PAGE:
On Wednesday, following the not guilty verdict in the George Zimmerman/Trayvon Martin murder trial, liberal black political activist Jesse Jackson (shown) expressed his opinion that, despite protestations from both the prosecution and the defense to the contrary, the trial was all about race:
If Trayvon Martin were not a young black male, he would be alive today. Despite the verdict, it’s clear that George Zimmerman would never have confronted a young white man wearing a hoodie….
Both the prosecutor and the defense claimed that the trial was not about race. But Trayvon Martin was assumed to be threatening just for walking while being young, black and male.
And then, because in Jackson’s eyes there was a miscarriage of justice in the case, Jackson called for not only a congressional but an international investigation:
We need a national investigation of the racial context that led to Trayvon Martin’s slaying. Congress must act.
And it’s time to call on the United Nations Human Rights Commission for an in-depth investigation of whether the U.S. is upholding its obligations under international human rights laws and treaties.
Jackson is no stranger to civil rights politics and political action, having cut his teeth with Martin Luther King, Jr. as far back as 1965. In 1971, he started a non-profit called People United to Save Humanity (Operation PUSH) and in 1984 organized the Rainbow Coalition, which merged with PUSH in 1996 to become Rainbow/PUSH. Active politically with presidential runs in 1984 and 1988, Jackson has also inserted himself into international incidents, such as securing the release in 1983 of a captured American pilot, Navy Lt. Robert Goodman, who was being held by the Syrian government, as well as persuading Cuban dictator Fidel Castro to release 22 Americans in 1984.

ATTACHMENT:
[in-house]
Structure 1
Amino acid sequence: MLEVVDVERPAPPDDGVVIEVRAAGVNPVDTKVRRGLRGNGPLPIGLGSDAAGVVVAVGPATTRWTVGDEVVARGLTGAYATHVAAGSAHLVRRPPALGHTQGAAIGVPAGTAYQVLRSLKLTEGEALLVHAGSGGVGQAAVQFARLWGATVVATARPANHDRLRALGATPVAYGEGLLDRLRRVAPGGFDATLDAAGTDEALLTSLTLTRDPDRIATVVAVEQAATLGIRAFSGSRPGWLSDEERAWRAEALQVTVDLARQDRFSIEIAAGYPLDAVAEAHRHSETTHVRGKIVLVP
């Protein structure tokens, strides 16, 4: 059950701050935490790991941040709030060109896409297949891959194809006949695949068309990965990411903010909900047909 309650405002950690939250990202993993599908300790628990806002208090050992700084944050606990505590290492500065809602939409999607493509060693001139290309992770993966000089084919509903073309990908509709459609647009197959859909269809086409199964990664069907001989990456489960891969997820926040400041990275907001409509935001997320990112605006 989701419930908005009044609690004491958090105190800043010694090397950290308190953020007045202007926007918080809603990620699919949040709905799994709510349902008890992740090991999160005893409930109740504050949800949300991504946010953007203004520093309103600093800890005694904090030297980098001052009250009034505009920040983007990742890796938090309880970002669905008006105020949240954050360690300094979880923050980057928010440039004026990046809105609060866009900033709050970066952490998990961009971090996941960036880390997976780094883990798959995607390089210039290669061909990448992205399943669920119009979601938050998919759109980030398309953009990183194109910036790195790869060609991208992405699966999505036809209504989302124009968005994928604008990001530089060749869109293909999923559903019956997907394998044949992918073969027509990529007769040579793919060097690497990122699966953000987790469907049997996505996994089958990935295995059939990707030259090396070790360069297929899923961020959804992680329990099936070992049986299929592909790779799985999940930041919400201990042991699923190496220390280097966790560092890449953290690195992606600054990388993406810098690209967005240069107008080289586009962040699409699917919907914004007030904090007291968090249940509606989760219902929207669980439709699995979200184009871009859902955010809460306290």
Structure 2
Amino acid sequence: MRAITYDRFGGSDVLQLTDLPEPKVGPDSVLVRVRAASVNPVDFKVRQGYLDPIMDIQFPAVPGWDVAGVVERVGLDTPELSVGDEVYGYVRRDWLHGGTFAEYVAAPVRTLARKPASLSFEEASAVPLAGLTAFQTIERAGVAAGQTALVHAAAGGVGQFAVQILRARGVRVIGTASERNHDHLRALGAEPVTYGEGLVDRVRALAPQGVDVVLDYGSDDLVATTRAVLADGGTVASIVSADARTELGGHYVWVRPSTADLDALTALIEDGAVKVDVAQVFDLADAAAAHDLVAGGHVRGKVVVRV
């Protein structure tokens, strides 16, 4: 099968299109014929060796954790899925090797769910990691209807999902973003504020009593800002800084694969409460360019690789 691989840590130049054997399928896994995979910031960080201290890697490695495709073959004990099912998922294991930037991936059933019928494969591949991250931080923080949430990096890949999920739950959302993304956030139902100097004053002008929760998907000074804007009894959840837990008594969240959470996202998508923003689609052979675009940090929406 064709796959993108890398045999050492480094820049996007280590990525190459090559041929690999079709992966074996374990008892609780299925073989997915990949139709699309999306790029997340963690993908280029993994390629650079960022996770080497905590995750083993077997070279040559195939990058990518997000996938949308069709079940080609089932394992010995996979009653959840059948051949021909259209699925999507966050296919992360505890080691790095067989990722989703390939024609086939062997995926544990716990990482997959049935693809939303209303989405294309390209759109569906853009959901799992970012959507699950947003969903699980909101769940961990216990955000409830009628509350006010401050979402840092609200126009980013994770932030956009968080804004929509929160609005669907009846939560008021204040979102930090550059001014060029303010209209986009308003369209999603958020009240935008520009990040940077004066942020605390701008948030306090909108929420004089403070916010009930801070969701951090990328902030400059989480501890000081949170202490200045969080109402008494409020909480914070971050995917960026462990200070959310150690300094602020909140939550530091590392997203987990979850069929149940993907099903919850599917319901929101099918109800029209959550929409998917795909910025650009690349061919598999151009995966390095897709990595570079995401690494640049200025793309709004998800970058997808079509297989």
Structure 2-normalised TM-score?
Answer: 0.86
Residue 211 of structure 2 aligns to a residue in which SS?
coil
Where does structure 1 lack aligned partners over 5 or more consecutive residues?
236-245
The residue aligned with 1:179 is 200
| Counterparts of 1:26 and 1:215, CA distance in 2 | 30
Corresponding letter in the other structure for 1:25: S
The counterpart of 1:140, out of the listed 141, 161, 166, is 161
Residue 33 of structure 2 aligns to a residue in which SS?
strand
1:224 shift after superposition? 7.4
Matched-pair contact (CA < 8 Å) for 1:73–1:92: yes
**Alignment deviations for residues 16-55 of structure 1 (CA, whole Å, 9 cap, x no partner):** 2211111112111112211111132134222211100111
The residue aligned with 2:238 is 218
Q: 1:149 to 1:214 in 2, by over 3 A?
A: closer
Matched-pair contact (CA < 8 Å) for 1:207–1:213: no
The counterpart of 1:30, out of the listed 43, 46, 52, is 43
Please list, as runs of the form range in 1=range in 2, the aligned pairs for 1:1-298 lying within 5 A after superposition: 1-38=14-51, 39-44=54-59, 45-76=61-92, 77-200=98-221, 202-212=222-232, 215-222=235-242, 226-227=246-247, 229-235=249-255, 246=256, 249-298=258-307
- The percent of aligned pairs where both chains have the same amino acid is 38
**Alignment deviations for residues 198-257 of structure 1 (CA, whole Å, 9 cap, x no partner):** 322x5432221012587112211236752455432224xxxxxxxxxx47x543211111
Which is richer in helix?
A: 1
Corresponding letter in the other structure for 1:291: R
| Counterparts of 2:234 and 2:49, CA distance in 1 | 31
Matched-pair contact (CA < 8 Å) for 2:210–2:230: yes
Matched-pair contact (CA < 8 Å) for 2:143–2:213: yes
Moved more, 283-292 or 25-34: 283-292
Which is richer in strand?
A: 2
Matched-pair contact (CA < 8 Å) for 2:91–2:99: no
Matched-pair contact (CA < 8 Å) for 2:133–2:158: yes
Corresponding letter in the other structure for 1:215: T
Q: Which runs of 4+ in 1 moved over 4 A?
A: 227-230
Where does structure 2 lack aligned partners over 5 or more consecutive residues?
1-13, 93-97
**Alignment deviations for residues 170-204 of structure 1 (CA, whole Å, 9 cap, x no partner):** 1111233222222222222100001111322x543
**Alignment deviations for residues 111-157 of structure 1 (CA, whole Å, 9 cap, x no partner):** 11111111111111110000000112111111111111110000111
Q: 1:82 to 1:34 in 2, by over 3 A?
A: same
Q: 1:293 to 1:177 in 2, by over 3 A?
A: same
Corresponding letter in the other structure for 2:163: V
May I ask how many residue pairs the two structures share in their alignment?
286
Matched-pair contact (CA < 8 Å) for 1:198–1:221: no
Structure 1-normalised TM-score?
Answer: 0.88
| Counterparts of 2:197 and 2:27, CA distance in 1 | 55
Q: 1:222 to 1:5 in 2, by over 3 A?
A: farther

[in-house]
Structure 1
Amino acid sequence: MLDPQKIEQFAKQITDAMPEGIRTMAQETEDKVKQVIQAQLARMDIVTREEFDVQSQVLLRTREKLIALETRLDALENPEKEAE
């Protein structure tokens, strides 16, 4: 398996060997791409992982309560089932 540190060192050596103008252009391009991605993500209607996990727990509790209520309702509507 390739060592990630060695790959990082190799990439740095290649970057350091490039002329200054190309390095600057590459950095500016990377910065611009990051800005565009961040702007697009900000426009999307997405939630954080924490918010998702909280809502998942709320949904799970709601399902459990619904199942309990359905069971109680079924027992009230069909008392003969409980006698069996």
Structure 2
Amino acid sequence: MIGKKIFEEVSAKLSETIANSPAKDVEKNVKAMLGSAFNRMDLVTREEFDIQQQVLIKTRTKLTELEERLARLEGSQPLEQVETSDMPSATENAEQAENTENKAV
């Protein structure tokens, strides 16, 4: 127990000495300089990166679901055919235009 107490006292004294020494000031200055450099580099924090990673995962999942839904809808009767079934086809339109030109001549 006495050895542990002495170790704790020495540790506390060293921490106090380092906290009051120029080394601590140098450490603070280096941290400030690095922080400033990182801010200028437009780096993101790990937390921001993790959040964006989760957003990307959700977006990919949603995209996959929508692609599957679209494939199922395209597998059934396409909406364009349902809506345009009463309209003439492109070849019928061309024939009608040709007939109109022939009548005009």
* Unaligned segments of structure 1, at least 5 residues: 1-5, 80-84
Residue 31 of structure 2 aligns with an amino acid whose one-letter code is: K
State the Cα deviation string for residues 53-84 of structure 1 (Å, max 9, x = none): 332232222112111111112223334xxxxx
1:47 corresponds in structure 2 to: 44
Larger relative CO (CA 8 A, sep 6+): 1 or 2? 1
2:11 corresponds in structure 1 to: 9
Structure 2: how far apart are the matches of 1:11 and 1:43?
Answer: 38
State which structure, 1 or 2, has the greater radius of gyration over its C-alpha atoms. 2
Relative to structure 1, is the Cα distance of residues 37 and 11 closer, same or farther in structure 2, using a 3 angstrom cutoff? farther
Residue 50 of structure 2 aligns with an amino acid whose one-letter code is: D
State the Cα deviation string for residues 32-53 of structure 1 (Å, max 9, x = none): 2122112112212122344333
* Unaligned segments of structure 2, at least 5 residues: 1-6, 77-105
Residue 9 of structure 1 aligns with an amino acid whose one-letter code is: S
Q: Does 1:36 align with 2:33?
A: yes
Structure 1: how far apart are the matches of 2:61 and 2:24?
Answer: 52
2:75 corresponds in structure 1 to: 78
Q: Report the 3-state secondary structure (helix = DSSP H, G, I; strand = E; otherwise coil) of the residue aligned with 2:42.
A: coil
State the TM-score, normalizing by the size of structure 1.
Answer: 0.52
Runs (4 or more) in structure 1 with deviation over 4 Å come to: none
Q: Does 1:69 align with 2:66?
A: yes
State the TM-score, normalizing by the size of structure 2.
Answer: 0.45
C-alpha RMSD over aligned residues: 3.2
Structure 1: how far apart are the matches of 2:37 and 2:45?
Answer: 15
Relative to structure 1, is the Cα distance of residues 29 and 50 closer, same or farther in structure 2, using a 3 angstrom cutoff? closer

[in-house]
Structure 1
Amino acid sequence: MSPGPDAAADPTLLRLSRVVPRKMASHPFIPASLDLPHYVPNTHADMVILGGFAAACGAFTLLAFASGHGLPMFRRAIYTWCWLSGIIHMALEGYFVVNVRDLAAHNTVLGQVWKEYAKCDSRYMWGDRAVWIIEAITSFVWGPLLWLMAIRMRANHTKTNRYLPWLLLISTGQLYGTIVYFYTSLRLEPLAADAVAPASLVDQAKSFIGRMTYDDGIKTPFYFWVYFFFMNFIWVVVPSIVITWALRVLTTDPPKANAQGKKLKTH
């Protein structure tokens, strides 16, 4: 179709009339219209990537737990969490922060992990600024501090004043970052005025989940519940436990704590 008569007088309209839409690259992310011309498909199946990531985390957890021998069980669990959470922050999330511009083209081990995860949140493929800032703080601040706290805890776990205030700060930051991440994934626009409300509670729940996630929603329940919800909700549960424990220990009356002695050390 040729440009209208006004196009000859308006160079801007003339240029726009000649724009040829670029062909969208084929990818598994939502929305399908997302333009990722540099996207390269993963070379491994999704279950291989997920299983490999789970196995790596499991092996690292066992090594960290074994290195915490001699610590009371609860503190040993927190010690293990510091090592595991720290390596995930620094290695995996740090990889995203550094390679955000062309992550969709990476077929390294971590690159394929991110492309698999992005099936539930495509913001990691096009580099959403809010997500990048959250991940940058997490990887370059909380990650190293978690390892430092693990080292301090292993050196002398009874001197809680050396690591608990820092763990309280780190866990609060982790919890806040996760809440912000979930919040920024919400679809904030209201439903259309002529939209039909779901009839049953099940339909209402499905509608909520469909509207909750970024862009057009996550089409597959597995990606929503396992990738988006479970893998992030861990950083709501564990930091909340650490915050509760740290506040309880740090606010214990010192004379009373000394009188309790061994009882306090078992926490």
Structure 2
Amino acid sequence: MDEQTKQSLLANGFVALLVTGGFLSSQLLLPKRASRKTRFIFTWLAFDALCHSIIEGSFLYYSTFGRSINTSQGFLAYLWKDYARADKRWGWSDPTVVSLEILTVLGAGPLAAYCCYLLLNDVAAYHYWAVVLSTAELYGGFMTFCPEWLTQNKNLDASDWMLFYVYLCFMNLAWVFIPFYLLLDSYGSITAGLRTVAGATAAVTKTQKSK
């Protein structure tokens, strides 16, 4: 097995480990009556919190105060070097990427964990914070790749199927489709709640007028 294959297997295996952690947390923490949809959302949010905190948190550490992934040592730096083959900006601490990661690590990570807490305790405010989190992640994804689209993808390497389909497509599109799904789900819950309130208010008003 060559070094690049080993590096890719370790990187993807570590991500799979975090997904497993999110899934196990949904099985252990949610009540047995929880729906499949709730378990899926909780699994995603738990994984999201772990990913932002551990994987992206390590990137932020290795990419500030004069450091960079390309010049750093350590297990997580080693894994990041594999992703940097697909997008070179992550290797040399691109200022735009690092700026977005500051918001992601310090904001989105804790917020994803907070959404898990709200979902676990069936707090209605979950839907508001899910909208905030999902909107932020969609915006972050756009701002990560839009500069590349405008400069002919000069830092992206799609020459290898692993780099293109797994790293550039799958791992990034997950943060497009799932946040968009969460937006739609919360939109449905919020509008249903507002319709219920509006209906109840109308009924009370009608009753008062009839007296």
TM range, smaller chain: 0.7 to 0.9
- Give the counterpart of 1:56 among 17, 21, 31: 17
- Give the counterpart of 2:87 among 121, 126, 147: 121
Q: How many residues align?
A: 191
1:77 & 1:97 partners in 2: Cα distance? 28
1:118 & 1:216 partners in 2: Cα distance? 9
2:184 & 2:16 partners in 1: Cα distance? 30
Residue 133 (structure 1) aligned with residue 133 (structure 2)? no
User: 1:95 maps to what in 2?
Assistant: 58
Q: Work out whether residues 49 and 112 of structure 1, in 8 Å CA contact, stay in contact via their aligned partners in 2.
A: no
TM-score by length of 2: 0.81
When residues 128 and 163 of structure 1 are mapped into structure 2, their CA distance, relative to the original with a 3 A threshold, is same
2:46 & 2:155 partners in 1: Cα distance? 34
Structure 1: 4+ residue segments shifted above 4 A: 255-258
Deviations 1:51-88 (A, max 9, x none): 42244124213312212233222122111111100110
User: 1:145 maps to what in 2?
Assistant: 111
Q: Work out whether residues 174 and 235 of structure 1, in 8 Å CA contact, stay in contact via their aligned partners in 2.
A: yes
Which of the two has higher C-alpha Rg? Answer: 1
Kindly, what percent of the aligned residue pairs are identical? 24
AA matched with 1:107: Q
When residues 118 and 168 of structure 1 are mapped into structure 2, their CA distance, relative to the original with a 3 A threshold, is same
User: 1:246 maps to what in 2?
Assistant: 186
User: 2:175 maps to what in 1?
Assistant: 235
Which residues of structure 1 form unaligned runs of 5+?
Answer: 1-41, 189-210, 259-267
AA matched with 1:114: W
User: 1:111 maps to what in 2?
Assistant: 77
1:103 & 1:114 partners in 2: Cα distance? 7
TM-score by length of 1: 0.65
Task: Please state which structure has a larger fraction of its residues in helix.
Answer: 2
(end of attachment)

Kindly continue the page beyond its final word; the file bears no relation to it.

Jackson’s demand for an investigation by the UN follows comments by other cogs in the international machinery decrying the Zimmerman case. Back in April 2012, just days before Zimmerman was indicted for second-degree murder in Florida, Navi Pillay, the UN High Commissioner for Human Rights called for “an immediate investigation” into the shooting, adding:
The law should operate equally in respect of all violations. So, like every other situation such as this, we will be urging an investigation, and prosecution and trial — and of course reparations for the victims concerned.
Pillay expanded on her position in May at a meeting of her Working Group of Experts on People of African Descent in Paris where she decried America’s “discrimination that people of African descent face in terms of access to justice,” according to an observer. She “stressed that the process of justice was often different [in America] for people of African descent.”
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